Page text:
Top things to do and eat in Amarante – Portugal

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A calm little town surrounded by mountains for long beautiful walks in nature

Amarante is a very charming “little” town (if you take only the historical center) along the Tamega river and surrounded by mountains which makes it a good starting point for walks and hikking. It seems that the key words there are something like youth, simplicity and enough ecology to get our attention with a “youth house” quite dynamic on the organic, local and fairtrade subjects. We unfortunately didn’t have enough time to go deeper into the alternative side of this place but we had a lot of fun and pleasure being there.

We’ll have to come back to feel the blanks but here are my first impressions and my little “places” that I had pleasure to discover. Zoom on portugal and on Amarante and follow the guide for a 2 days city trip


As always… Little walk in the “centro historico” – Do not forget to get lost in the streets

And be prepared, don’t expect any flat area, Amarante is like one little mountain chain in itself full of up and down hills…. very steep !

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Possible stop at “O pescador” for lunch

A twisted little “taberna” under an old theater where the recipes are far from special or incredible but good, local and  cheap.

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Have a walk along the Tamega river

This is the only flat area in the end, and certainly one of the most beautiful and romantic way to look at the city.

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… And go up until you find the “parque florestal de Amarante” and its beautiful flowers

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Lunch only – Try the cosy “bar do girassol” at the “casa de juventude” (youth house)

This is a vegetarian, organic, local only kind of place where they serve a menu of the day for 4.75 €. This includes a soup and a main dish. But the one thing I loved about this place was the hot little pieces of bread that you dip into olive oil and sesame seeds… very simple but delicious !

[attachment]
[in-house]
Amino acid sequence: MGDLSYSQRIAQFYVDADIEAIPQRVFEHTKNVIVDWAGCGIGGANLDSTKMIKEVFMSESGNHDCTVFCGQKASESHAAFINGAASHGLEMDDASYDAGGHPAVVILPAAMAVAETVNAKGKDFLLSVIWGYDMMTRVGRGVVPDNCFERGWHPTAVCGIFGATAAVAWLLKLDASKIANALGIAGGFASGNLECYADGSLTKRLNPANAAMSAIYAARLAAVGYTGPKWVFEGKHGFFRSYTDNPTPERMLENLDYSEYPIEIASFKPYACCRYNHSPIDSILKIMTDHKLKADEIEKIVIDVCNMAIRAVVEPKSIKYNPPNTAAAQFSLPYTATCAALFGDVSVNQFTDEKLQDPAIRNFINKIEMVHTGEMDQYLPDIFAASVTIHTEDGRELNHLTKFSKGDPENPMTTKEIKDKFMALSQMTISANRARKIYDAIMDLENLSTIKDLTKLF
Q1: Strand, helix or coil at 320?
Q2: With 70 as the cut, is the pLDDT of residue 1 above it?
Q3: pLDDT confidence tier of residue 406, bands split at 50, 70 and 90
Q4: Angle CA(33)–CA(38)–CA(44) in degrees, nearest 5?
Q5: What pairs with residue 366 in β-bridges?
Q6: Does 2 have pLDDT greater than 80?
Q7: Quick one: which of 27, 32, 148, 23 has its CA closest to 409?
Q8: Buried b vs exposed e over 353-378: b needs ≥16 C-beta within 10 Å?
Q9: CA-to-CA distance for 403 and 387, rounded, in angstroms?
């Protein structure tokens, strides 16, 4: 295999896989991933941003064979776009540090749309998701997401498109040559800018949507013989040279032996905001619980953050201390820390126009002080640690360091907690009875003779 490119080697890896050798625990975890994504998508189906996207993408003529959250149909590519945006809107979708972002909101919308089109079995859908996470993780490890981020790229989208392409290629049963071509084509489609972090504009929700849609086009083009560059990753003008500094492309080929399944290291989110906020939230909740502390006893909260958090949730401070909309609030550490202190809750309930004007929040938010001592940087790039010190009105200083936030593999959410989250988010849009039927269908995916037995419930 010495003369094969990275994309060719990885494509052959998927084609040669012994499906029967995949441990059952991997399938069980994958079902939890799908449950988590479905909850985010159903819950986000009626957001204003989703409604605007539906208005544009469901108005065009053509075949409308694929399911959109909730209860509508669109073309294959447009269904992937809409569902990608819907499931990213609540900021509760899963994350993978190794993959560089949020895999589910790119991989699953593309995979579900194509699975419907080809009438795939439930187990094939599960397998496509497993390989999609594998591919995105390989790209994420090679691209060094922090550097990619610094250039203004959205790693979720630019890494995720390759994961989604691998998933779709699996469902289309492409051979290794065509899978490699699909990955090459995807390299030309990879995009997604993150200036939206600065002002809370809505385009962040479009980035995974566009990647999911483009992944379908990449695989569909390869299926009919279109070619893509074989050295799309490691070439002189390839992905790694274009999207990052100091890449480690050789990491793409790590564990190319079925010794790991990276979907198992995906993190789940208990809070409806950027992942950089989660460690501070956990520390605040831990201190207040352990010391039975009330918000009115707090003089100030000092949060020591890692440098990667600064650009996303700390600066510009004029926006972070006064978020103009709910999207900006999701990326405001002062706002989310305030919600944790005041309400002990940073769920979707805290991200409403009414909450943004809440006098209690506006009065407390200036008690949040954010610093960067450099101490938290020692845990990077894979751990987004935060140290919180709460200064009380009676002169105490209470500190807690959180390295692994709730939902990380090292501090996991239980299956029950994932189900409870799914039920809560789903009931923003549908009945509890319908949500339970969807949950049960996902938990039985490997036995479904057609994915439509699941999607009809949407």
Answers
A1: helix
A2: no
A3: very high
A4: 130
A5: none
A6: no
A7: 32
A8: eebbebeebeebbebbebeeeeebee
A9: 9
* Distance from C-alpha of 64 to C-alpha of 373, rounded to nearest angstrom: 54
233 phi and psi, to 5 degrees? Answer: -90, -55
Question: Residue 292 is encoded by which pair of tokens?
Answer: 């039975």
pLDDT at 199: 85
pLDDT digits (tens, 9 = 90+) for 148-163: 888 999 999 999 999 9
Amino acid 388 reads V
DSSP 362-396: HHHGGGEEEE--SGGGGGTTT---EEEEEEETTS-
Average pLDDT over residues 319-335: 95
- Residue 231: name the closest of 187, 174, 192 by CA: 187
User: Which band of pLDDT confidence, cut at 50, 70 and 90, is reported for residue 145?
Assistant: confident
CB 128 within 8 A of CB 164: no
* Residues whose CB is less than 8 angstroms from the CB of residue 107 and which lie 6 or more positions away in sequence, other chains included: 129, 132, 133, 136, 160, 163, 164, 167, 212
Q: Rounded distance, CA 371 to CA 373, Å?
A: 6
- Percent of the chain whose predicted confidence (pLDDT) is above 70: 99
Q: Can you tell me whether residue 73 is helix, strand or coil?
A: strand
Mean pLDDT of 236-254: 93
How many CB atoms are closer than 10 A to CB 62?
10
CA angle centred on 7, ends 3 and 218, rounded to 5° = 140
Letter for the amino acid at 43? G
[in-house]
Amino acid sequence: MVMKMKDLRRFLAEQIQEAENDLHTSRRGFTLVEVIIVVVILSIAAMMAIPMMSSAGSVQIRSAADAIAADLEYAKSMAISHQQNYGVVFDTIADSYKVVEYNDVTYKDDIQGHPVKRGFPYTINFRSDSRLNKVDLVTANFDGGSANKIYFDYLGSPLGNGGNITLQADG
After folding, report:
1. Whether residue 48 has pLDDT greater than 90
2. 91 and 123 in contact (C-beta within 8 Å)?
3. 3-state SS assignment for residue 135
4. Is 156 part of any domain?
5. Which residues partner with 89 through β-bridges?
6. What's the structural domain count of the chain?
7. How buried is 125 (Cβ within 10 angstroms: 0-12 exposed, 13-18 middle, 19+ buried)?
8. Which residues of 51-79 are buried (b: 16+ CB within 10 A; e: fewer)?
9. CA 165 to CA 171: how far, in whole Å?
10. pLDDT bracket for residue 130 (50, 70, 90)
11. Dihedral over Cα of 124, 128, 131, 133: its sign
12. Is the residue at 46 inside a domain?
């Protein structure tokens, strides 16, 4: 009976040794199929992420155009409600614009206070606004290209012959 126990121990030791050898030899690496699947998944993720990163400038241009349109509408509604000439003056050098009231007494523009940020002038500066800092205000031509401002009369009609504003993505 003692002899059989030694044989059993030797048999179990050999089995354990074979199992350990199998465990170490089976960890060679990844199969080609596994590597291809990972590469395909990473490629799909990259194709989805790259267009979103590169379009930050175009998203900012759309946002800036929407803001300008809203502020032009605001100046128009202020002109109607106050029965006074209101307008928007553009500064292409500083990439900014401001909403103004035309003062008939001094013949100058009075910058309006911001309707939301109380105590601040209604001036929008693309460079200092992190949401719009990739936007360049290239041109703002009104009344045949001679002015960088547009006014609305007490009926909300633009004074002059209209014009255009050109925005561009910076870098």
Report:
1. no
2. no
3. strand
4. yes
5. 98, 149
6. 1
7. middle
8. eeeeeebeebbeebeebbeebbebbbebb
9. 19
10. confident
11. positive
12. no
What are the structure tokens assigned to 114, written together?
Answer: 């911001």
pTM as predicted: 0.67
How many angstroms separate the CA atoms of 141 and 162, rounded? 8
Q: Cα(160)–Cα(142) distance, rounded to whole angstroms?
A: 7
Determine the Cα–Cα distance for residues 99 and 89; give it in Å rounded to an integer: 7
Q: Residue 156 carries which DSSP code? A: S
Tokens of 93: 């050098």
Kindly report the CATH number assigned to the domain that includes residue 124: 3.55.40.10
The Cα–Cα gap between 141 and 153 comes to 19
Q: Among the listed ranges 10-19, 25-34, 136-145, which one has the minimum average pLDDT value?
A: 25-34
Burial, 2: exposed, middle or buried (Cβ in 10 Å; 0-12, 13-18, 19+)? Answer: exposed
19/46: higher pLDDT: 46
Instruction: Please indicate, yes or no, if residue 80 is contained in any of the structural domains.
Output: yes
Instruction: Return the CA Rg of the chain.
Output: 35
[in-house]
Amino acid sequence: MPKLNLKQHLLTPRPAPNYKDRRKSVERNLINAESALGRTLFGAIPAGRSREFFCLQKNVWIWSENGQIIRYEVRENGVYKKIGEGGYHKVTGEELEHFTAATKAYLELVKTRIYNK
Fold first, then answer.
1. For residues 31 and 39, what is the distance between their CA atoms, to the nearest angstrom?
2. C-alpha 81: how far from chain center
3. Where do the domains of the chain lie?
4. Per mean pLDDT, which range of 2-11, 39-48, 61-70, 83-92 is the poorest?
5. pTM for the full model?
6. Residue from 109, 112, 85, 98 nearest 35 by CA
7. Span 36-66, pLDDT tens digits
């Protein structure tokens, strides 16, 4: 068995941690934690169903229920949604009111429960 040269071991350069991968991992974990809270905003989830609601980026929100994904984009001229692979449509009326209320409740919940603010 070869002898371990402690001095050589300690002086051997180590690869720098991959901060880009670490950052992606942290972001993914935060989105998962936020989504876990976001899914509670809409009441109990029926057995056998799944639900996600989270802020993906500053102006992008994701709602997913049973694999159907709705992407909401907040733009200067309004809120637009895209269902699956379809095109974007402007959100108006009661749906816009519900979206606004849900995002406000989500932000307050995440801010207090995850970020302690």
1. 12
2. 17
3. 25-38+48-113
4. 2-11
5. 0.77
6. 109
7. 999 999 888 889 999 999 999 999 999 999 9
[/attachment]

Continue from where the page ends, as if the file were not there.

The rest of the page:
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Have a tea time break at “confeitaria da ponte”

The place is gorgeous with a beautiful terrace just on top of the Tamega river looking at the old historical center. Their small pastries are very very cute. But don’t get too excited, your eyes will be much happier than your taste buds as all the sweets taste just excatly the same… Egg yolks and sugar.

The original formula come from the nuns of the convents who used the egg whites for ironing clothes, while the yolks were used to bake the filling of this traditional treat. So this is a real recycling idea which means that even if I didn’t find it very good, I can’t help myself and totally support the idea !

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Go on a tiles hunt…

I know I’ve already recommended this one in Braga and in Guimaraes but chasing the pretty “Azulejos” in portugal is too tempting, fun and a good way to discover the place !

And for the story behing that tradition, this is called “Azulejos” and it comes from the Moors who left it in the iberian peninsula as a legacy of their colonisation. Wikipédia says the word azulejo is derived from the Arabic الزليج (az-zulayj): zellige, meaning “polished stone” because the original idea was to imitate the Roman mosaics. The Spanish city of Seville became the major centre of the Hispano-Moresque tile industry. The earliest azulejos in the 13th century were alicatados (panels of tile-mosaic).Tiles were glazed in a single colour, cut into geometric shapes, and assembled to form geometric patterns. These techniques were introduced into Portugal by king Manuel I after a visit to Seville in 1503. They were applied on walls and used for paving floors. The Portuguese adopted the Moorish tradition of horror vacui (‘fear of empty spaces’) and covered the walls completely with azulejos.

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And now I just have to wish you a good trip, enjoy !